If you use Excel to model businesses, business processes, or business transactions, this course will change your life. You’ll learn how to create tools for yourself that will amaze even you. Unrestricted use of this material is available in two ways.

As a stand-alone Web site
It resides on your computer, and you can use it anywhere. No need for Internet access.
At this Web site
If you have access to the Internet whenever you want to view this material, you can purchase on-line access. Unlimited usage. I’m constantly making improvements and you’ll get them as soon as they’re available.

To Order On Line

 Order "Spreadsheet Models for Managers, on-line edition, one month" by credit card, for USD 69.95 each, using our secure server, and receive download instructions by return email.
 Order "Spreadsheet Models for Managers, on-line edition, three months" by credit card, for USD 199.00 each, using our secure server, and receive download instructions by return email.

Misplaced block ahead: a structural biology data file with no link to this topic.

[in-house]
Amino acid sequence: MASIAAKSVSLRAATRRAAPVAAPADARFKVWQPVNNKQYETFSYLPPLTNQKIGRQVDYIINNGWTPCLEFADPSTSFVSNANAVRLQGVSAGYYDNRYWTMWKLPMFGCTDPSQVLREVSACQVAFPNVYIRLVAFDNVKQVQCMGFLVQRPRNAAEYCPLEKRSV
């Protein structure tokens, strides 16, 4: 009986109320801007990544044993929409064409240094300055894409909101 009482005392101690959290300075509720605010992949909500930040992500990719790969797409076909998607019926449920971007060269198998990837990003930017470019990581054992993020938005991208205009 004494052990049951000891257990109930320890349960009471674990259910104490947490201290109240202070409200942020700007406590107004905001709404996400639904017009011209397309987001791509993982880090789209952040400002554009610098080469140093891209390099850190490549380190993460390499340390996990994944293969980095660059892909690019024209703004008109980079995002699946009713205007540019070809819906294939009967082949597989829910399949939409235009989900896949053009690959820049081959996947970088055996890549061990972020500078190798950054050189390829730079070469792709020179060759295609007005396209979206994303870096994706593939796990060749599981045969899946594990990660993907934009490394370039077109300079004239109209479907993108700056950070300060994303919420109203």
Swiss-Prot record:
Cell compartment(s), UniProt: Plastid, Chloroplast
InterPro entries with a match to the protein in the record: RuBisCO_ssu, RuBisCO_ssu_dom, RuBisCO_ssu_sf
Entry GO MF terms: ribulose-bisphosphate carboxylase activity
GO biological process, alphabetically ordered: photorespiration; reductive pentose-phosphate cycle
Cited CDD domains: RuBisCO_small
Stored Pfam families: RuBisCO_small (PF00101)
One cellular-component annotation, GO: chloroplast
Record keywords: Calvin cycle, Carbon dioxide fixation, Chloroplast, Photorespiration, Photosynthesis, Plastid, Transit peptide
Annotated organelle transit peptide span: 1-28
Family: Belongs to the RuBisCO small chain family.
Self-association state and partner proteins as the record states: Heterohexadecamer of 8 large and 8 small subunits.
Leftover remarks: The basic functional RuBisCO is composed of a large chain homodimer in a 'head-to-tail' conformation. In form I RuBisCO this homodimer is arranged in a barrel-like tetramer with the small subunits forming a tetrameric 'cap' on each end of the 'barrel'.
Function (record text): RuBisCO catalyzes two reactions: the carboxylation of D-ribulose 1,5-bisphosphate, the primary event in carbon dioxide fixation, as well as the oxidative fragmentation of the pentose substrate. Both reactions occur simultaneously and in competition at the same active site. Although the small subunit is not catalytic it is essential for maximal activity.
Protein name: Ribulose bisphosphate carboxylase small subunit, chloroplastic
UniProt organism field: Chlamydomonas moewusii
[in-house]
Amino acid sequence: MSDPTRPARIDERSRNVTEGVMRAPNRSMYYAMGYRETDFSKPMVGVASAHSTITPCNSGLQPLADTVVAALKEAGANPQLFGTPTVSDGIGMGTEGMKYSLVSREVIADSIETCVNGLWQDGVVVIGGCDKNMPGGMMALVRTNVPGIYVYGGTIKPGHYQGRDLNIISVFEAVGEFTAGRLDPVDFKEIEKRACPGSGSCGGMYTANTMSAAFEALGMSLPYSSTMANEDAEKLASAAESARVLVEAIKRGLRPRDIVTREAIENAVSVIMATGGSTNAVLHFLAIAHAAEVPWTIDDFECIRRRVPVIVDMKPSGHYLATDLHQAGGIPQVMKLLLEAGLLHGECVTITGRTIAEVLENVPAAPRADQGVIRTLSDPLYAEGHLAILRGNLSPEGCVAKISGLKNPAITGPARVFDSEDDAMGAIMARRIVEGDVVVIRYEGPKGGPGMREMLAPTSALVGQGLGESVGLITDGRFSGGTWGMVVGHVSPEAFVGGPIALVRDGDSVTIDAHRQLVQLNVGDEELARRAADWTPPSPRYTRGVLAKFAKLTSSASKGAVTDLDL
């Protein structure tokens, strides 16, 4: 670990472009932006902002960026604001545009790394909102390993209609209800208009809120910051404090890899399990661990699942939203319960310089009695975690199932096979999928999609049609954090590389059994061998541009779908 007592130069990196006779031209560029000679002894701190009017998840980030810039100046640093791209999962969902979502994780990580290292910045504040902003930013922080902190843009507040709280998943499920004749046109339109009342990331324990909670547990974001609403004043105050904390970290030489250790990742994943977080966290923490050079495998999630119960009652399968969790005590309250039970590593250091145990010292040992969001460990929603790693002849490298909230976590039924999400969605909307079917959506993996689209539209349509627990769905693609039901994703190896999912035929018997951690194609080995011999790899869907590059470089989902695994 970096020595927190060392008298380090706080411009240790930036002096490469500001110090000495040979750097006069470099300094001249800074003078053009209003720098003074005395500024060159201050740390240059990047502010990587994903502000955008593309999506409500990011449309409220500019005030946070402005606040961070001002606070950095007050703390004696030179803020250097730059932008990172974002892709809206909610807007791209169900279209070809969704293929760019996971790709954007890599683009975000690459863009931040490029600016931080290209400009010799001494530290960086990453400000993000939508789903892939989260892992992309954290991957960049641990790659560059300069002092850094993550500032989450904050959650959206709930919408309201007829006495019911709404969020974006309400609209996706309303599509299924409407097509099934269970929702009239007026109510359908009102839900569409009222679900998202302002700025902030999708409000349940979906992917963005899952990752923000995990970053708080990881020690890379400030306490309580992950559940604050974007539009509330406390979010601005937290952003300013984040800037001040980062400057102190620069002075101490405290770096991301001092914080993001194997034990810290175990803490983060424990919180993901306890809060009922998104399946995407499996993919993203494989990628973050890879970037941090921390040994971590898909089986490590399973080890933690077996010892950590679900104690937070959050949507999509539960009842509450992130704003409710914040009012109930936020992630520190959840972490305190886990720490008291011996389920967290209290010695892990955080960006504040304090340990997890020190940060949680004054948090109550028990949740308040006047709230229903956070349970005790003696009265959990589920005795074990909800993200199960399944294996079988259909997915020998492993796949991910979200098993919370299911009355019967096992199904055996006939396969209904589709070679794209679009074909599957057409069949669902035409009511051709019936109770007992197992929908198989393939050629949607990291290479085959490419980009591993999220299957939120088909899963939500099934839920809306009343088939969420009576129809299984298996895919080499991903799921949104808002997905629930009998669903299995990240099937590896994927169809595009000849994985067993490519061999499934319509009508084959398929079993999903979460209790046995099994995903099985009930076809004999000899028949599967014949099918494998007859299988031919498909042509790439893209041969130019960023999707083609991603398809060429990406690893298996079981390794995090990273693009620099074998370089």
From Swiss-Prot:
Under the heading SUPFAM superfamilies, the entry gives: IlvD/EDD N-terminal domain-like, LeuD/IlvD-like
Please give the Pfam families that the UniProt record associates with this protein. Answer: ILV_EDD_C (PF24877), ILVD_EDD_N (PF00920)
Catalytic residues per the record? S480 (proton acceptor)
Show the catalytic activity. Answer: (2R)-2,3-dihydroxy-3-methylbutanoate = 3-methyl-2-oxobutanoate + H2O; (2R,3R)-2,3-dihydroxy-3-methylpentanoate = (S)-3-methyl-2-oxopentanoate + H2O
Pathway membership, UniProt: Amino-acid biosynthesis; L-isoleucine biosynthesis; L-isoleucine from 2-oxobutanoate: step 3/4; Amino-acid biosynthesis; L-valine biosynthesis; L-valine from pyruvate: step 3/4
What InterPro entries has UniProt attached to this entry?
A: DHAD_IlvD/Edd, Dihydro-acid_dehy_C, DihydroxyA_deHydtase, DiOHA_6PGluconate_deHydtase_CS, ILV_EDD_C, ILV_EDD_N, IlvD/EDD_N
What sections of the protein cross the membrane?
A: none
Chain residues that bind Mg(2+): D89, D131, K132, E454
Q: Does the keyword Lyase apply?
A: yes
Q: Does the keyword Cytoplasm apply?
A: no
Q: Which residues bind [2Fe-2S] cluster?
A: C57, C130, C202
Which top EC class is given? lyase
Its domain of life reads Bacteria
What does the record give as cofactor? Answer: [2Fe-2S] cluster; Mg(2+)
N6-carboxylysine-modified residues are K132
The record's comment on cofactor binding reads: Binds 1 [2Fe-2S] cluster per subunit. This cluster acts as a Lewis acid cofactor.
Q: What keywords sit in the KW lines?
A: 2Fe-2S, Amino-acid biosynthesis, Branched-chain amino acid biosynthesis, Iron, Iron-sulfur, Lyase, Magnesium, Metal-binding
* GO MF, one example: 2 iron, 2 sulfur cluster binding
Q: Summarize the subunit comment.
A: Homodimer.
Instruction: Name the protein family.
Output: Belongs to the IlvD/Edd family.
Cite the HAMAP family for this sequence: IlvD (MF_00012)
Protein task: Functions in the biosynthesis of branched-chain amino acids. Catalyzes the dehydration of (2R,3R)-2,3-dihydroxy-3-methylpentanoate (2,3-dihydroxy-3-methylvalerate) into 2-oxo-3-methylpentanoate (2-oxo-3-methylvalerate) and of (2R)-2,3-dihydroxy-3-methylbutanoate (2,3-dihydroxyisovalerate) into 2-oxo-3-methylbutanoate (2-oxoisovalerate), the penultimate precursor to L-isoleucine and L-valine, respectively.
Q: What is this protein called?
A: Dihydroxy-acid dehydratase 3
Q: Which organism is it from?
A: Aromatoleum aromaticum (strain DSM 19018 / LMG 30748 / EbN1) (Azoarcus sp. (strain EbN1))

To Order by Mail

 Make your check payable to Chaco Canyon Consulting, for the amount indicated: For the download: USD 199.00 For access online for three months: USD 199.00 For access online for one month: USD 69.95 And send it to: Chaco Canyon Consulting 700 Huron Avenue, Suite 19C Cambridge, MA 02138

To use the course software you’ll need some other applications, which you very probably already have. By placing your order, you’re confirming that you have the software you need, as described on this site.

 Calculating payments
• Excel has a worksheet function for computing the size of
payments required to reach a specified future value: pmt
• pmt(rate, nper, pv, fv, type)
• rate: Interest rate per period
• nper: Number of periods
• pv: Total amount that the payments are worth now
• fv: Future value or goal
• type:
If 0: Payments are made at the end of a period
If 1: Payments are made at the beginning of a period
• pmt is related to fv and pv, for a given rate and nper
• Two other worksheet functions:
• ipmt: the interest portion of the payment
• ppmt: the principal portion of the payment

The arguments for the functions that compute payments, principal payments, and interest payments are also analogous.